Okay, I can get into that Yeah, and I would just say again the tendency, and this has been my tendency for my whole life My tendency is just as events unfold in the world is to begin forming opinions about those events, and then beginning to spout those opinions off and talk to other people about those opinions, before listening and before understanding the context And if you say things like white privilege is a myth If you say that there is no racist oppression in America today, A, you're flat wrong, and the only way to learn that you're wrong, is to actually learn about the history of racism and America

And you've gotta educate yourself, and that doesn't mean the US history class that you took in high school did it, because I took that same US history class, and they didn't talk about this stuff They didn't talk about this stuff to the degree, and with the accuracy and the stepping out of the traditional colonialist white perspective in the way that Ibram is able to do, in "Stamped From the Beginning" and also I recommend it for other books that are kinda come at things from a different angle but are all great in the Medium article that you can I recommend all those and the rest of them are shorter, if you wanna try one of those, I've really had to come to grips with, the fact that being on the sidelines of this issue is perpetuating the problem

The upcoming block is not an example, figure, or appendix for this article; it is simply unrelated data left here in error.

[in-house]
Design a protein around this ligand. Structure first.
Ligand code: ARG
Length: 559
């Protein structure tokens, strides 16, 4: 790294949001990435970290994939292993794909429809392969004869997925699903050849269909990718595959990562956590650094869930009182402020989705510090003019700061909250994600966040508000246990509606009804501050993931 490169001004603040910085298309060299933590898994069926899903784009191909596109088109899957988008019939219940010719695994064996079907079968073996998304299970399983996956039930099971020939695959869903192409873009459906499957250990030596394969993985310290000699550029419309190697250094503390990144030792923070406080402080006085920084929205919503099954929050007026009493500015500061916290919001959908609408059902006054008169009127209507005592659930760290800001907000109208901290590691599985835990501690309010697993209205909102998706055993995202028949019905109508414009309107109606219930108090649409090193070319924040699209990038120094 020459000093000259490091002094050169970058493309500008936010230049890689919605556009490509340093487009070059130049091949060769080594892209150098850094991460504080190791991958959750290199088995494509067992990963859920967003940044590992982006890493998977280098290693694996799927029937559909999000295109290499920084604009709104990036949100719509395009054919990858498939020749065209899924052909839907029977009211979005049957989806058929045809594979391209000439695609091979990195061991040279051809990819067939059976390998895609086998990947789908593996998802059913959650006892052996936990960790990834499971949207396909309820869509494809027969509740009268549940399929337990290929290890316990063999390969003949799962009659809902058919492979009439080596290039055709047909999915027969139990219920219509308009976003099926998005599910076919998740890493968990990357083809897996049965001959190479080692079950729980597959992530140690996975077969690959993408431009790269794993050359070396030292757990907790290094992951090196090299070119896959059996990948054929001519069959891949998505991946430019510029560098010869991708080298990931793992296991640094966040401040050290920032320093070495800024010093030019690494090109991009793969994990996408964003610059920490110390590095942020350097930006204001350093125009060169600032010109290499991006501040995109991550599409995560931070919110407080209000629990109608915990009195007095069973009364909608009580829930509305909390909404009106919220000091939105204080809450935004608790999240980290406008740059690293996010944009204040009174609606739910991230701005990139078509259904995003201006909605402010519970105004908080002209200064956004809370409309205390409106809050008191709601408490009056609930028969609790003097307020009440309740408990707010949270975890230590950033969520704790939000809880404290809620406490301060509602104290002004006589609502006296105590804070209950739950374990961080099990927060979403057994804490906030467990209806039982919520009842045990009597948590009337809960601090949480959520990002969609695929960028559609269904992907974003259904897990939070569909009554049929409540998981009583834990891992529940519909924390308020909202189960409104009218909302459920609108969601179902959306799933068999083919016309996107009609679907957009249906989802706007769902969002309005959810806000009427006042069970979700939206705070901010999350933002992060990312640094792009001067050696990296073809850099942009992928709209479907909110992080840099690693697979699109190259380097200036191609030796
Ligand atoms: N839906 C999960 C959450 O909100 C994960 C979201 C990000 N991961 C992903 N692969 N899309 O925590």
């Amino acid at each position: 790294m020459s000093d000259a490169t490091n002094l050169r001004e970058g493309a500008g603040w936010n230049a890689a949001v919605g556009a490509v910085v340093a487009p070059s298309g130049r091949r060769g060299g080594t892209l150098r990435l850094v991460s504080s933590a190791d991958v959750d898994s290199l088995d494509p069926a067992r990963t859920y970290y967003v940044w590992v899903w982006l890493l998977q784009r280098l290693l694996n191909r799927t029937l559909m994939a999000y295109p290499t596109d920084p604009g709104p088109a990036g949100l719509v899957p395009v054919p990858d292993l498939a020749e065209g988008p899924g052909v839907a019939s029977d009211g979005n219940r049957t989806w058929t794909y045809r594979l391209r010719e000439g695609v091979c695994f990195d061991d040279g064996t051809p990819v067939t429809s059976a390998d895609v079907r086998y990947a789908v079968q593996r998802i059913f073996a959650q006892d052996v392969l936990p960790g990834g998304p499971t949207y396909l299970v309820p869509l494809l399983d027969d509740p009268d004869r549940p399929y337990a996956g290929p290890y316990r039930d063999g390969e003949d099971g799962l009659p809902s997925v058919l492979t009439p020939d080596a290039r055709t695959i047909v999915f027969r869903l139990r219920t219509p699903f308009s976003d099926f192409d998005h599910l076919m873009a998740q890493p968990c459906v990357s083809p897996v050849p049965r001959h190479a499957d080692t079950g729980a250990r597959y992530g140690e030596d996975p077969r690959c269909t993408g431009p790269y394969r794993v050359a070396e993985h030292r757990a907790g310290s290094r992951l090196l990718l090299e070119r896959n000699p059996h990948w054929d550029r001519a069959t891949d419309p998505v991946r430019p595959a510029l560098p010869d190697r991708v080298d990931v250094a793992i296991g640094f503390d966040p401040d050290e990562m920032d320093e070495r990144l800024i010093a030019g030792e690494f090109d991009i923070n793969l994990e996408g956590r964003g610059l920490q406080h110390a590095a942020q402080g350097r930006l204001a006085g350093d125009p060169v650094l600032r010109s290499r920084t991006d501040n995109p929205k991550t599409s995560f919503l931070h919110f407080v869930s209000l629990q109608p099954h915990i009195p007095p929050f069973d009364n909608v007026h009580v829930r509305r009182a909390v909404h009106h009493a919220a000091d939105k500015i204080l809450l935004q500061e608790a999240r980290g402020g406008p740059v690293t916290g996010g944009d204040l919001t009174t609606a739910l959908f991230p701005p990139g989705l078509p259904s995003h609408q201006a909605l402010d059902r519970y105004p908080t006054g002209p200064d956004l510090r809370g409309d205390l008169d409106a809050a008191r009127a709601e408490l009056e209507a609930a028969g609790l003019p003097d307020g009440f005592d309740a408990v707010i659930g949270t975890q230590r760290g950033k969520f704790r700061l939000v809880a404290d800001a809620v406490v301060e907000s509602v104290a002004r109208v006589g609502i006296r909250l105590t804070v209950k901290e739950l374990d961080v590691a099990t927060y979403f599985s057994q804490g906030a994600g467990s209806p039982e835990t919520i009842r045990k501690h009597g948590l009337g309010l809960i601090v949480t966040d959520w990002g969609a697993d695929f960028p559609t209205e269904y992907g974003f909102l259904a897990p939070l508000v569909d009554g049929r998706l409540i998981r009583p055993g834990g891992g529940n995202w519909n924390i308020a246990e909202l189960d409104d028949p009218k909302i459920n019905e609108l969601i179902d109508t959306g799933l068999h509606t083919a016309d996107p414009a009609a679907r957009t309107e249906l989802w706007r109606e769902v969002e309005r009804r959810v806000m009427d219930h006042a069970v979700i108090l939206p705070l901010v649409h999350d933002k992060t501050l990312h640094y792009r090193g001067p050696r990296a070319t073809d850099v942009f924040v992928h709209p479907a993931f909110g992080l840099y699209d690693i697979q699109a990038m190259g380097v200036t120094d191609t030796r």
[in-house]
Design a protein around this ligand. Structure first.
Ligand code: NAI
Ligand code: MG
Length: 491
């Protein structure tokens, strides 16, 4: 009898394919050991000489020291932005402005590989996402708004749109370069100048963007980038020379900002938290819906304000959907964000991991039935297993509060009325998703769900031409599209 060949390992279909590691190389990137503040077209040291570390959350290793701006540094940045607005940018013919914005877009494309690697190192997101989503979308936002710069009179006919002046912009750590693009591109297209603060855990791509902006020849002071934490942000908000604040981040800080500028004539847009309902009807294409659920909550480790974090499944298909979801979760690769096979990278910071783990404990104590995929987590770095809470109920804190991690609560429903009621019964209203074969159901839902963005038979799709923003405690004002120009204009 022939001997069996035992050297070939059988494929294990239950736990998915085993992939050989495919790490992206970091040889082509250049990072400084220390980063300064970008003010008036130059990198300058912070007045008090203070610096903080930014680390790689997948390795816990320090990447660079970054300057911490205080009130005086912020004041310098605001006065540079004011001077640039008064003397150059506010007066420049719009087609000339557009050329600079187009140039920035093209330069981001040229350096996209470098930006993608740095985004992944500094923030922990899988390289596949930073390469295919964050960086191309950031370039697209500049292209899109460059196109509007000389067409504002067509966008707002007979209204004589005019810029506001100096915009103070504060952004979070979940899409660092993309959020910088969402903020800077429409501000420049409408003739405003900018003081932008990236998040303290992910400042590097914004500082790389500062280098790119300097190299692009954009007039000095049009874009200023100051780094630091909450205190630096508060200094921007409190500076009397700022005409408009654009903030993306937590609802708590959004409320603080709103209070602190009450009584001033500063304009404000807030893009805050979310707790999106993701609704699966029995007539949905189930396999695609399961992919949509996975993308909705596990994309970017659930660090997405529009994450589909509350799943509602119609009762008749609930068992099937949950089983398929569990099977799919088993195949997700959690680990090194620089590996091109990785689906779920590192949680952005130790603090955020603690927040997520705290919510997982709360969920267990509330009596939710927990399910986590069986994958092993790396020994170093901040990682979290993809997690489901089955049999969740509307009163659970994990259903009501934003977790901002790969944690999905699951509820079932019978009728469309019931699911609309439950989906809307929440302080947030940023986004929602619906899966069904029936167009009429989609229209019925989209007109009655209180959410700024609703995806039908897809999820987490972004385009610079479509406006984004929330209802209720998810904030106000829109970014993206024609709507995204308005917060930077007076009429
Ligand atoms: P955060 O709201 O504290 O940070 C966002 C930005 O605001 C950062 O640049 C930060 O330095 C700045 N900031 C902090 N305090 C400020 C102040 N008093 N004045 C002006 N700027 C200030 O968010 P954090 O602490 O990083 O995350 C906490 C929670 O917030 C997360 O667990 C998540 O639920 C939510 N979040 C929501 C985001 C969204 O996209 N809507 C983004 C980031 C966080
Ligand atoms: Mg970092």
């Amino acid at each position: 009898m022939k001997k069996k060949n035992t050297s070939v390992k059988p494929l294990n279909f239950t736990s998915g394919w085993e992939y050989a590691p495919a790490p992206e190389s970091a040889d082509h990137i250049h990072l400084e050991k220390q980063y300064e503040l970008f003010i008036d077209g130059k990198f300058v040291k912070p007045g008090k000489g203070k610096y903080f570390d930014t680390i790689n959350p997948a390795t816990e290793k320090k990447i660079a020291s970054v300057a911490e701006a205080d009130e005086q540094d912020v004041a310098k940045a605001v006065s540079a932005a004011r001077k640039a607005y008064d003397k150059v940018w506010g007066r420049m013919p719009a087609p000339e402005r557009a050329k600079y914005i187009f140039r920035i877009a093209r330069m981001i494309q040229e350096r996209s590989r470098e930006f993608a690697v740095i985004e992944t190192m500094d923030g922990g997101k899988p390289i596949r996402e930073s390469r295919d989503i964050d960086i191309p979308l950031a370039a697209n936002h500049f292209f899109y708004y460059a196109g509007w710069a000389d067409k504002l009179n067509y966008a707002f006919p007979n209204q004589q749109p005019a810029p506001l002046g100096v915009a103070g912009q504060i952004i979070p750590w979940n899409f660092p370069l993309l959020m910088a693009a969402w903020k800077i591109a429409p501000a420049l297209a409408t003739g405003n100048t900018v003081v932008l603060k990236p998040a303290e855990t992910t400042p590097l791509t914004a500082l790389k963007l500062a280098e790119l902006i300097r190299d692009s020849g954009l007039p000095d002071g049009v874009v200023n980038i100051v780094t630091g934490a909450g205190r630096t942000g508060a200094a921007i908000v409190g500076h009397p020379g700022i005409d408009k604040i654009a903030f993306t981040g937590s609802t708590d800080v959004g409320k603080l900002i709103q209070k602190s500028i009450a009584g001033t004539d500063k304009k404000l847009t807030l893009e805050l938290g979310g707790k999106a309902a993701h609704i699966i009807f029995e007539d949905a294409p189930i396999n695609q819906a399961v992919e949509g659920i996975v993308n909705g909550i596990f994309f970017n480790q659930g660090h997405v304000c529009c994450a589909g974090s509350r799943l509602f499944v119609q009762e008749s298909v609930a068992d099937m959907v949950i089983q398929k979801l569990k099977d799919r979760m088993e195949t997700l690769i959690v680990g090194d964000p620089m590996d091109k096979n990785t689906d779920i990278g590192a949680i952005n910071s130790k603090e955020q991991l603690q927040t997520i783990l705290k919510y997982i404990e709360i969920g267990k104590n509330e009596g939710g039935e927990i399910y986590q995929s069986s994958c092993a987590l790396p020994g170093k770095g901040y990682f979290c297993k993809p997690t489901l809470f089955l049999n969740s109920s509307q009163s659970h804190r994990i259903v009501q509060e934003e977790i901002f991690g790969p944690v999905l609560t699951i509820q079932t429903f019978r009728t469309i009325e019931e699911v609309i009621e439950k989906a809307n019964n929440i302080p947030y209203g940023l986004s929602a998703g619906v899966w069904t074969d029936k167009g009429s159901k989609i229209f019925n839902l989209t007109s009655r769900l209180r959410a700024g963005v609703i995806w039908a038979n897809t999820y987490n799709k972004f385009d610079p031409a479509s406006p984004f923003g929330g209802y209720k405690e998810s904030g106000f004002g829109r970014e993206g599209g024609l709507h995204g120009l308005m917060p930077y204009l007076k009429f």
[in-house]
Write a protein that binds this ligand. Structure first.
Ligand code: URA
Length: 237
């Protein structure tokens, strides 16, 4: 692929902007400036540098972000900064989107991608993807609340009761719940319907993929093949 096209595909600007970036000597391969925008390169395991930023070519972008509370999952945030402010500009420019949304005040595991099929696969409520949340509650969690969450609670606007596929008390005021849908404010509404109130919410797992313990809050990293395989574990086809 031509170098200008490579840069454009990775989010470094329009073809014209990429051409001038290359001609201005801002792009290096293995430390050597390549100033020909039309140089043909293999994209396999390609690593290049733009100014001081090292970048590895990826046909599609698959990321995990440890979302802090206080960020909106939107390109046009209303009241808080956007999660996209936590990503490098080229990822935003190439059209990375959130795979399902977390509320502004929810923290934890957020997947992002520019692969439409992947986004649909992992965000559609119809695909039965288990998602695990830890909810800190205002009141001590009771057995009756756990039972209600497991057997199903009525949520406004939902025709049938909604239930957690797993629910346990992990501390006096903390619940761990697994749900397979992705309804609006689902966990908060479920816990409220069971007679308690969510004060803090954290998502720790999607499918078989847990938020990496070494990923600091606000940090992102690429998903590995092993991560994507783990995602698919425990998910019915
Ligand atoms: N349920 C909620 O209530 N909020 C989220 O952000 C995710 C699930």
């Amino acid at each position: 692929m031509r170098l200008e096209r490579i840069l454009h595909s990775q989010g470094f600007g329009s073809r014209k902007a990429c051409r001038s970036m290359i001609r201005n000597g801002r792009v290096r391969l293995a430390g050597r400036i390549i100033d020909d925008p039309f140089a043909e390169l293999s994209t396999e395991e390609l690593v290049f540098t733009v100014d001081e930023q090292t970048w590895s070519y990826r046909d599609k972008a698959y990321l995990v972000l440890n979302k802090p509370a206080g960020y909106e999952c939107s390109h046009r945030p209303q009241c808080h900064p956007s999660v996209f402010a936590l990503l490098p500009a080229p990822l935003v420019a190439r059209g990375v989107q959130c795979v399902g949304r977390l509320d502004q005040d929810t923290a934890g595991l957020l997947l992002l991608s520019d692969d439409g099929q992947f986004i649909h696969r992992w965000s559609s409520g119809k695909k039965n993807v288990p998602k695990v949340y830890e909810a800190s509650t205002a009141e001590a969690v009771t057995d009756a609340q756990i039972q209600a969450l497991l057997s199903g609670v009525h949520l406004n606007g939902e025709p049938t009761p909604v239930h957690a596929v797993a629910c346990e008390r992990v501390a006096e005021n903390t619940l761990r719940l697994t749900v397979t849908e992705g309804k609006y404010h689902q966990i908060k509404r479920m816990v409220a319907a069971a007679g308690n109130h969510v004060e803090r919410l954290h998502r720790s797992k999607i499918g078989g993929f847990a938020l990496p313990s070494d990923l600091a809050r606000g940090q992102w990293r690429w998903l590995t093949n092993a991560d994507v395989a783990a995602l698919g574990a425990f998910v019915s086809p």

There are a lot of quotes floating around that are, say, much more eloquently than that but for me, I haven't denied these problems and I haven't sought to actively undermine by any means But I feel like I've been paralyzed, because with a combination of just not being educated enough and having fear about deciding to say or do things because we're in this environment where, if you decide to say something, my instinct is not to, take as little amount of time as possible to understand something just so I can then turn around and say where I stand on it I'm very hesitant to take stands on things because I just don't have a lot of confidence when it comes to that type of thing So instead, I just get intimidated, and just kinda move on to the next thing I'm troubled by it, but I'm kind of frozen on the sidelines and I've really come to grips with like, I don't wanna stay there

It's just acknowledging the excuses in order to work through them to say, hey, sometimes if you say something and you say the wrong thing, even if you're trying to help, then you make people upset that you're trying to help or if you put anything on the internet that shares something and that implies that you're taking action or that you believe other people should also take action, it just puts a target No matter what is being said on the internet, if you look underneath it, most likely there someone is very much opposed to it And so I wig out trying to anticipate what that is It's paralyzing I find it really interesting that one of the accusations, one of the accusations that we've received